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Coping With Loneliness

With over one million older people in this country reporting that they often go for weeks without speaking to another living soul, it’s clear that loneliness in older people is a real problem. There are all sorts of reasons why loneliness in old age is such a problem: retirement brings an end to workplace socialising, whilst losing a spouse or other close friend can create a sense of loss and isolation. Perhaps your older relative no longer has friends in the local area, or they may be experiencing health problems which make visiting friends difficult. A lack of local transport options coupled with financial difficulties can also have a profound negative effect upon your relative’s ongoing social life.

couples together

Signs of Loneliness to Watch Out For

Your loved one may be reluctant to voice their concerns, but there are signs that you can look out for which could indicate a problem. Keep an eye out for unexplained changes in their behaviour, niggling health issues which could be a result of spending too much time alone, and befriending unlikely people, which should always ring alarm bells, as con artists are known for preying on older people who may be more vulnerable.

You may find that your relative is coping with loneliness in a variety of ways, most of them inherently self-destructive, such as relying on alcohol to deaden the pain. Loneliness in older people can also manifest as depression, which is self-defeating as it lessens the chance that they will take positive action to integrate themselves into social situations. In some cases, older people will even stop eating, falling prey to malnutrition as they lose interest in taking care of themselves.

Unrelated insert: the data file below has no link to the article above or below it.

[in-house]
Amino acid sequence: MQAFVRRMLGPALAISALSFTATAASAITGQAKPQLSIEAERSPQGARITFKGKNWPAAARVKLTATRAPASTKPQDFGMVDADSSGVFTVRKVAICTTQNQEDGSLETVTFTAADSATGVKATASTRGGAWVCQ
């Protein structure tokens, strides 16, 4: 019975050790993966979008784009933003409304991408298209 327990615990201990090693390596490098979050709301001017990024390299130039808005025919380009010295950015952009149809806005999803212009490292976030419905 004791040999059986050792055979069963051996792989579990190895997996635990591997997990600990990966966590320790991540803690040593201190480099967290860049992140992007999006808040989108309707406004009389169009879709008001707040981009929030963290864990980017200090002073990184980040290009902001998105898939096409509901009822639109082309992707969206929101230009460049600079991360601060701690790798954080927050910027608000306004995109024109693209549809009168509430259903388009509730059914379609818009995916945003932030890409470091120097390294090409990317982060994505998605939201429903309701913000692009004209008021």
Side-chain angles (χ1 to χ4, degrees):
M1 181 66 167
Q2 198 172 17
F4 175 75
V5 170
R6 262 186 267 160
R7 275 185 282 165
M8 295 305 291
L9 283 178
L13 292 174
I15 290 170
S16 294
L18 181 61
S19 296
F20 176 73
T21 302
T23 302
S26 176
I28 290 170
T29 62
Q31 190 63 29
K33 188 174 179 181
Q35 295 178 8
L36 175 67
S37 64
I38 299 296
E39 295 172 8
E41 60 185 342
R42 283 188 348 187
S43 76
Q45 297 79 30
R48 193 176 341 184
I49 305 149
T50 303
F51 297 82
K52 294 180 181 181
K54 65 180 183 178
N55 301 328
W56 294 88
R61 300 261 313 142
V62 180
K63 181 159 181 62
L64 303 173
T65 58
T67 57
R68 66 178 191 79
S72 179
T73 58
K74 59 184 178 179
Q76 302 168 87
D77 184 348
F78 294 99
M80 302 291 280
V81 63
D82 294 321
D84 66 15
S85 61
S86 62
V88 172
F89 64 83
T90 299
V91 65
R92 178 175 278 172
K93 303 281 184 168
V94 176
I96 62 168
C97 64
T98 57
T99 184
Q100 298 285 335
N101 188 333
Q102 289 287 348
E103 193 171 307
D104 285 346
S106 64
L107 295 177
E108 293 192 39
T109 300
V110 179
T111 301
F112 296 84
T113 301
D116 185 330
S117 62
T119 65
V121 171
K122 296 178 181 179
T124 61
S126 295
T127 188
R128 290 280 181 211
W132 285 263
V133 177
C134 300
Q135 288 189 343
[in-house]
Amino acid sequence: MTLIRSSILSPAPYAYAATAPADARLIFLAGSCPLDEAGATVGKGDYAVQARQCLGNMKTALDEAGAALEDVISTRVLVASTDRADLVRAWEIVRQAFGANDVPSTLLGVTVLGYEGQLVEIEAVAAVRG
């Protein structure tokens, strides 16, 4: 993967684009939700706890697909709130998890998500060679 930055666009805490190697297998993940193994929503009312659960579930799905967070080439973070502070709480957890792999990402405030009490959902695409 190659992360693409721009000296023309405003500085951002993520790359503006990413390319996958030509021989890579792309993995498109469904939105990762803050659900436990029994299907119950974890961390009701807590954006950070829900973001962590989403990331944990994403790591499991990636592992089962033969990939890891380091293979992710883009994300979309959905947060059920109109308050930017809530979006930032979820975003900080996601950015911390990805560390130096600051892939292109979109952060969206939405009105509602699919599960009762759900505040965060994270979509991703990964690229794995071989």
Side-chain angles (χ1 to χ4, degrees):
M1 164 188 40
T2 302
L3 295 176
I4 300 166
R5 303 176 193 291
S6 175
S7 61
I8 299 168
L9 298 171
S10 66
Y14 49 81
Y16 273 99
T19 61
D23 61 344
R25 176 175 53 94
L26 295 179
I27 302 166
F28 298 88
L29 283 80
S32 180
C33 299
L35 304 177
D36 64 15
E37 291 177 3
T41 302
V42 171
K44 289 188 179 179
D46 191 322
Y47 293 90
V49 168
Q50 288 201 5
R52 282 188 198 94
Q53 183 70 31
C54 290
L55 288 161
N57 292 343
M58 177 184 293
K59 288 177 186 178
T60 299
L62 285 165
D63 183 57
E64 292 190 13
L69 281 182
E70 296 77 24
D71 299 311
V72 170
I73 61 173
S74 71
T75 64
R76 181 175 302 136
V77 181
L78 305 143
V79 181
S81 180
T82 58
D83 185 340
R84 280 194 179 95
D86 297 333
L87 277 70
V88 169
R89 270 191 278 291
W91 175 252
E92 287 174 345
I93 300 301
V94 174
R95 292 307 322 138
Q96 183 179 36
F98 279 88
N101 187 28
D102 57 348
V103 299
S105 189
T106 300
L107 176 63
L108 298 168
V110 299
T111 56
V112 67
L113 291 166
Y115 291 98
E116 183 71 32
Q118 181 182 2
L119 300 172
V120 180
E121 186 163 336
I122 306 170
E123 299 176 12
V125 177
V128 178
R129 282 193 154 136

How You Can Help

Encourage your loved one to stay in touch with friends and family, whether nearby or further afield. Perhaps you can drive them to social events or ask their friends to visit them. Encourage your relative to speak to people over the phone, and teach them how to use email, texting and Skype to stay in touch too, if they’re not very good with technology.

Look out for local clubs that might interest them, and seek out befriending services which are offered by some local charities. You might find that a pet cat or dog would offer much-needed companionship to a lonely loved one – why not suggest that they offer a home to an older rescue animal, which would also be in need of some loving companionship?

Encourage the rest of your family to get in touch with your loved one, whether through regular visits or just a weekly phone call. Consider altering the family’s living arrangements, perhaps by moving your loved one into your own home. Alternatively, a move into sheltered housing or a retirement village would offer them extra opportunities to mingle and socialise with others.

Tackling loneliness in older people can be as simple as offering them regular trips out and about, even if it’s just a trip to the local shops and back. It won’t take much time out of your day, yet it could make all the difference to an older person who is feeling lonely and really help to brighten up their day.

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